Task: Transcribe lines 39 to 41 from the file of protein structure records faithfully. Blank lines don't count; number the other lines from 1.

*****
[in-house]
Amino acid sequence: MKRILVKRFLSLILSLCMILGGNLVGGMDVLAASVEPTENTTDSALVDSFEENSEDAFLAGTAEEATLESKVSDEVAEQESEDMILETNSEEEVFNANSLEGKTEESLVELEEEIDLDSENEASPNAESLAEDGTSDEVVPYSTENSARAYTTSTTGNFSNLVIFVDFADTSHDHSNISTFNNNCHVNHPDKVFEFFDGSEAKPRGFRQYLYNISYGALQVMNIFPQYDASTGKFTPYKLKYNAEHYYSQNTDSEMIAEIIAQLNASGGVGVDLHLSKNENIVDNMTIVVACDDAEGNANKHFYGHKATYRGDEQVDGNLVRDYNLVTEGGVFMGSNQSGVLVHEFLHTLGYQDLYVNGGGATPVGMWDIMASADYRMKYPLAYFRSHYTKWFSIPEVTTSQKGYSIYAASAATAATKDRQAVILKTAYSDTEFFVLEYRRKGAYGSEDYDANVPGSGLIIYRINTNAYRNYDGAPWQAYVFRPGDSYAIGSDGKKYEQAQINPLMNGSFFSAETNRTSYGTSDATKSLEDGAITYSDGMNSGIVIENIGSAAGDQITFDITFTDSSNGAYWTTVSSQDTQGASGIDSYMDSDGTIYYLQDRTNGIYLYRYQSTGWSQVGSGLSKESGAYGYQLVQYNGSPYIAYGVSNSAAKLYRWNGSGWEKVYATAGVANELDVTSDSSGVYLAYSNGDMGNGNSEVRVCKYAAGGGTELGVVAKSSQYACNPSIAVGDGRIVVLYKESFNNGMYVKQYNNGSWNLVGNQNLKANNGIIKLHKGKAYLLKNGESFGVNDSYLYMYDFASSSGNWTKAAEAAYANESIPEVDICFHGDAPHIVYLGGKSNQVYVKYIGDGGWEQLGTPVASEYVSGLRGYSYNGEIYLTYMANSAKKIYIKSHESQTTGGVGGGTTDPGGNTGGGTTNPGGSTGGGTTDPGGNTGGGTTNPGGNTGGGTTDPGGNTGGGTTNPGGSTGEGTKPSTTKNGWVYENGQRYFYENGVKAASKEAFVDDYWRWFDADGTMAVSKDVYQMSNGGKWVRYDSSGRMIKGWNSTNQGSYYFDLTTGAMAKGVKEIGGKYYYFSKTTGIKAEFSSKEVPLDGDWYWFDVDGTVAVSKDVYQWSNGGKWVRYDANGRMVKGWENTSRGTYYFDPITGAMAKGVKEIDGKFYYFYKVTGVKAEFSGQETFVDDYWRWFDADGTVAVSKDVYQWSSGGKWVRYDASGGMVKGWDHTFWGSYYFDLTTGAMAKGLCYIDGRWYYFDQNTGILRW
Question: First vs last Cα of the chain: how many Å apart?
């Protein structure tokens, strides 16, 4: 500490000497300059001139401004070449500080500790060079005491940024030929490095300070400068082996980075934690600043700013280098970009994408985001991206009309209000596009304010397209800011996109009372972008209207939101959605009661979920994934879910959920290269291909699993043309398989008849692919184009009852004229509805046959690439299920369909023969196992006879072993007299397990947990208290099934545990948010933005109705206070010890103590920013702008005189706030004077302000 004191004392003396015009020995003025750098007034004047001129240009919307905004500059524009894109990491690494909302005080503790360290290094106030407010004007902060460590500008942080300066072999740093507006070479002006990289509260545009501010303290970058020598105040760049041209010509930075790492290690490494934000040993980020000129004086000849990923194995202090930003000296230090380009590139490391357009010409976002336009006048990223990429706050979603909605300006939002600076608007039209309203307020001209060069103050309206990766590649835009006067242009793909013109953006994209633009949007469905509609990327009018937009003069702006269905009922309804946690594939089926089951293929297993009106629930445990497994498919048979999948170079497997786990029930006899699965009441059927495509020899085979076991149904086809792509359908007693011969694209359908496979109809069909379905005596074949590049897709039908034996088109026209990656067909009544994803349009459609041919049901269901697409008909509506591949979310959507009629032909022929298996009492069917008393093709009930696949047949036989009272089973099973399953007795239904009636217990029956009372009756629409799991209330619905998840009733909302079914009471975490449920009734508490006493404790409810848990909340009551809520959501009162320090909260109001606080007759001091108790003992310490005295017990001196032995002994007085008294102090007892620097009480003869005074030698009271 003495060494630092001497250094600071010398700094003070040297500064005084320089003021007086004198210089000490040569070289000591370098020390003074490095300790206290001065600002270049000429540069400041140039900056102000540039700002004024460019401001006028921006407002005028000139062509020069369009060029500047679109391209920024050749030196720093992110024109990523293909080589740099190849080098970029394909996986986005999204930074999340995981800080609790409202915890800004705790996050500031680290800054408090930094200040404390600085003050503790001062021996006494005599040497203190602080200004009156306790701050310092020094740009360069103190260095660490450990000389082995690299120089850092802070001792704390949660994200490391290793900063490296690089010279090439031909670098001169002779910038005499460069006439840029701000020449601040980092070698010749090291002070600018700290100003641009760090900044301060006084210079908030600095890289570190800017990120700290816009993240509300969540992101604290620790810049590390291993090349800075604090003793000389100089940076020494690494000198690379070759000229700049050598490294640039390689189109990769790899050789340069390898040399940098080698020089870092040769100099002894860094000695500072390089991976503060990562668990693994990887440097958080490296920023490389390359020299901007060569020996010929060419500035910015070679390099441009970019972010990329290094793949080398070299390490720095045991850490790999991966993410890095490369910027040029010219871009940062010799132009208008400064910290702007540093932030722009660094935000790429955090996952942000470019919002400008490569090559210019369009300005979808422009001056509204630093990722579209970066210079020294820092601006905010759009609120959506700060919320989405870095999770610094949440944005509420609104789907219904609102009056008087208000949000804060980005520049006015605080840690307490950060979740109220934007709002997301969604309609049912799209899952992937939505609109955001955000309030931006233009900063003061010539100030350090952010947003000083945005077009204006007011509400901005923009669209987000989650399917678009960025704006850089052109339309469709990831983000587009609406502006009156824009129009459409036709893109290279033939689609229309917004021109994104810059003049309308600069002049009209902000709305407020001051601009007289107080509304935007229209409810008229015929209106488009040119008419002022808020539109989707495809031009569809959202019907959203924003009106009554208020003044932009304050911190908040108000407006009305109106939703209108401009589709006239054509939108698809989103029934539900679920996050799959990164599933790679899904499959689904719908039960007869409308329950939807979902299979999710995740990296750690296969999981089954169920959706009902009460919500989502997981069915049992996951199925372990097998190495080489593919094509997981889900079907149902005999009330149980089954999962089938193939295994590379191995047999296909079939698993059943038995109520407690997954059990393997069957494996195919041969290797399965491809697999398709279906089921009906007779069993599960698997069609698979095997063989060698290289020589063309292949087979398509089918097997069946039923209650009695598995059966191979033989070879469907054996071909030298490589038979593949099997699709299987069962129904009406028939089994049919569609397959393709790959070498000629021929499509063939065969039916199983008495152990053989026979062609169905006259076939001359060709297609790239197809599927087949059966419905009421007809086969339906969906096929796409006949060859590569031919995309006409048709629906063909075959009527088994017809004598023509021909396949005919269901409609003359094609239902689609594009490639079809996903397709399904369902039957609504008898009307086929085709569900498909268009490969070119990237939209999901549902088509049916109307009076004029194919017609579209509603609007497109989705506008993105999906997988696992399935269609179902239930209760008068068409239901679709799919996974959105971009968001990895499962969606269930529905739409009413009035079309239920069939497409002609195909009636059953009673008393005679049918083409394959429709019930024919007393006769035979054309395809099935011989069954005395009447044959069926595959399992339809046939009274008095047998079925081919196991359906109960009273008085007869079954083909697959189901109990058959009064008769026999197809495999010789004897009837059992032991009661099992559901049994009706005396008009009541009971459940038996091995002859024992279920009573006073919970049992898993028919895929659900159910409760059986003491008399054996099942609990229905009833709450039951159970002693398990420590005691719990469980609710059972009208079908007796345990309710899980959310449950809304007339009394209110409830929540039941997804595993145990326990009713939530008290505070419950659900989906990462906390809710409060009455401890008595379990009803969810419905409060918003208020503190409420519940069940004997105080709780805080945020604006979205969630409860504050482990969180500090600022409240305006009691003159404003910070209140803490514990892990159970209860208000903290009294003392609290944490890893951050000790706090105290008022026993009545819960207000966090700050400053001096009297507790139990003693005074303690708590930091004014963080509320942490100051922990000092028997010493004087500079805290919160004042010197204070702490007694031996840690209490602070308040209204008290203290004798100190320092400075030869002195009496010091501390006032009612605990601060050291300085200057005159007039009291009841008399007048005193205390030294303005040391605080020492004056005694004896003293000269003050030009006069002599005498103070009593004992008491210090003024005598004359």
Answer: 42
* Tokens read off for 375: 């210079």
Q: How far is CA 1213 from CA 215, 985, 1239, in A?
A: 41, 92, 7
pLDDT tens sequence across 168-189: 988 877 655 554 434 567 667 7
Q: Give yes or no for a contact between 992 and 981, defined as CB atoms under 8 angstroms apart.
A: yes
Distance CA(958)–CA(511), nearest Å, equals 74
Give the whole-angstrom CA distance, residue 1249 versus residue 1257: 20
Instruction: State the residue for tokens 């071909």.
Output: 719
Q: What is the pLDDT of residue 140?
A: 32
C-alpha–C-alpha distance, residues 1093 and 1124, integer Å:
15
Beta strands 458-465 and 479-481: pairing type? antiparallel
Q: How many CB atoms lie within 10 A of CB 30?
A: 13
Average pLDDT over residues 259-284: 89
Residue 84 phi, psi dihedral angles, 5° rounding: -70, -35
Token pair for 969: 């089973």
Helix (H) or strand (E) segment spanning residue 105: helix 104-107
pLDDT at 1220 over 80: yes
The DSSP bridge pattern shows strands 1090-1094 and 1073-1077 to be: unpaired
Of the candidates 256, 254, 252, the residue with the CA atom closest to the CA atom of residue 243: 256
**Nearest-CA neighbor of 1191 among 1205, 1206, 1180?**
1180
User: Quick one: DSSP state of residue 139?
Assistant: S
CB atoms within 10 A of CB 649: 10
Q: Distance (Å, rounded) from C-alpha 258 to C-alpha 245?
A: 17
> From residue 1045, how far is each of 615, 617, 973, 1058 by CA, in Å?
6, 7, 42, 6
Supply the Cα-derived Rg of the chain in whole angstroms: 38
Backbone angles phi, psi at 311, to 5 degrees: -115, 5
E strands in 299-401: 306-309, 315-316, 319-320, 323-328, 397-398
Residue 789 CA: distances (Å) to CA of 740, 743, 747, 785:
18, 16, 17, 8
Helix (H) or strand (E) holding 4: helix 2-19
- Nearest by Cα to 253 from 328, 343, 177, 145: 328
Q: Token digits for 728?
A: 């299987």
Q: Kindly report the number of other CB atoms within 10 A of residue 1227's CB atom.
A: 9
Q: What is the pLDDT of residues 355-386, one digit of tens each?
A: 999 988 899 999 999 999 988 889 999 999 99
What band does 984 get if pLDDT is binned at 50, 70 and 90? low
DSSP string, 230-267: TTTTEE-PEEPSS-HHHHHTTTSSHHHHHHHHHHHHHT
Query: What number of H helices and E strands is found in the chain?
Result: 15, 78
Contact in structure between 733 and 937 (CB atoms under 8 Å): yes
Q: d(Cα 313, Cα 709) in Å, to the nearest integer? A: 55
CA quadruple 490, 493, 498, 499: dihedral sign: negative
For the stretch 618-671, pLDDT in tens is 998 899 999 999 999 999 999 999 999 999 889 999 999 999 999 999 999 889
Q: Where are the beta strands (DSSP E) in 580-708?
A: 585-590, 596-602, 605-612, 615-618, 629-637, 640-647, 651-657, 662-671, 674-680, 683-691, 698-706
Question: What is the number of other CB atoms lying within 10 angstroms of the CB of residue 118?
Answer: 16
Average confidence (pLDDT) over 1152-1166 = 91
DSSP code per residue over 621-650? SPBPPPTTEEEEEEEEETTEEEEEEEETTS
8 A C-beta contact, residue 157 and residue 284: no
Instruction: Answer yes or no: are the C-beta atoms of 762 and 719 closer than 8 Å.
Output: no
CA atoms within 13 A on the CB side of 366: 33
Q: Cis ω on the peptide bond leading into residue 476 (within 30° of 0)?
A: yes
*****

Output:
Supply the Cα-derived Rg of the chain in whole angstroms: 38
Backbone angles phi, psi at 311, to 5 degrees: -115, 5
E strands in 299-401: 306-309, 315-316, 319-320, 323-328, 397-398